Let us never be moved by those who charge the Gospel with being the cause of strife and divisions upon earth. Such men only show
their ignorance when they talk in this way. It is not the Gospel which is to blame, but the corrupt heart of man. It is not God’s glorious remedy which is in fault, but the diseased nature of Adam’s race, which, like a self-willed child, refuses the medicine provided for its cure. So long as some men and women will not repent and believe, and some will, there must needs be division. To be surprised at it is the height of folly.
Luke 13. 10-17. The Sabbath.
Let us pray for a right understanding of the law of the Sabbath. Of all the commandments that God has given, none is more essential to the happiness of man, and none is so frequently misrepresented, abused, and trampled under foot. Let us lay down for ourselves two special rules for the observance of the Sabbath. For one thing, let us do-no work which is not absolutely needful; for another, let us keep the day ‘holy,’ and give it to God. From these two rules let us never swerve. Experience shows that there is the closest connection between Sabbath sanctification and healthy Christianity.
Luke 13.18-21. The leaven.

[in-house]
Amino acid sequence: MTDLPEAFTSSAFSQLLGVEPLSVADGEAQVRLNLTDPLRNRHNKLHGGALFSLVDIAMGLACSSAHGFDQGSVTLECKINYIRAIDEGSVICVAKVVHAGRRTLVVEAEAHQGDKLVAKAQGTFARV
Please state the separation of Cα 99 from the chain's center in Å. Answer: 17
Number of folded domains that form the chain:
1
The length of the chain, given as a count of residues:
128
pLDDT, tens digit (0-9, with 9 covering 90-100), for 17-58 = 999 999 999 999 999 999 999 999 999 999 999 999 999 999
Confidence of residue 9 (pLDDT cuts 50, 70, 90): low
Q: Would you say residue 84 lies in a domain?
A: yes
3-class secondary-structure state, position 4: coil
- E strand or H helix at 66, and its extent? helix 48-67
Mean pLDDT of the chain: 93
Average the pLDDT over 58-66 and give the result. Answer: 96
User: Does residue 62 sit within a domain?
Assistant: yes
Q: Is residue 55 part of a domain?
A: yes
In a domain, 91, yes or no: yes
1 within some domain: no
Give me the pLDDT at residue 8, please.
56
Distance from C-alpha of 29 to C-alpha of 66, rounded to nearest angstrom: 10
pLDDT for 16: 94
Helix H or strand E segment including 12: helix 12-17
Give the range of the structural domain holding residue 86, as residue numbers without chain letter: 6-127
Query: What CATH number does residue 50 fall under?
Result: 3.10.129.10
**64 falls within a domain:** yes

The parable of the leaven is intended to show the progress of the Gospel in the heart of a believer.
The first beginnings of the work of grace in a sinner are generally exceedingly small. It is like the mixture of leaven with a lump of dough. A single sentence of a sermon, or a single verse of Holy Scripture, a word of rebuke from a friend, or a casual religious remark overheard, a tract given by a stranger, or a trifling act of kindness received from a Christian, – some one of these things is often the starting-point in the life of a soul. The first actings of the spiritual life are often small in the extreme, – so small, that for a long time they are not known except by him who is the subject of them, and even by him not fully understood. A few serious thoughts and prickings of conscience, a desire to pray really and not formally, a determination to begin reading the Bible in private, a gradual drawing towards means of grace, an increasing interest in the subject of religion, a growing distaste for evil habits and bad companions, -these, or some of them, are often the first symptoms of grace beginning to move the heart of man. They are symptoms which worldly men may not perceive, and ignorant believers may despise, and even old Christians may mistake; yet they are often the first steps in the mighty business of conversion. They are often the ‘leaven’ of grace working in a heart.
These extracts cease here because this is as far as I have got. At a later date there may be more, if the Lord permits.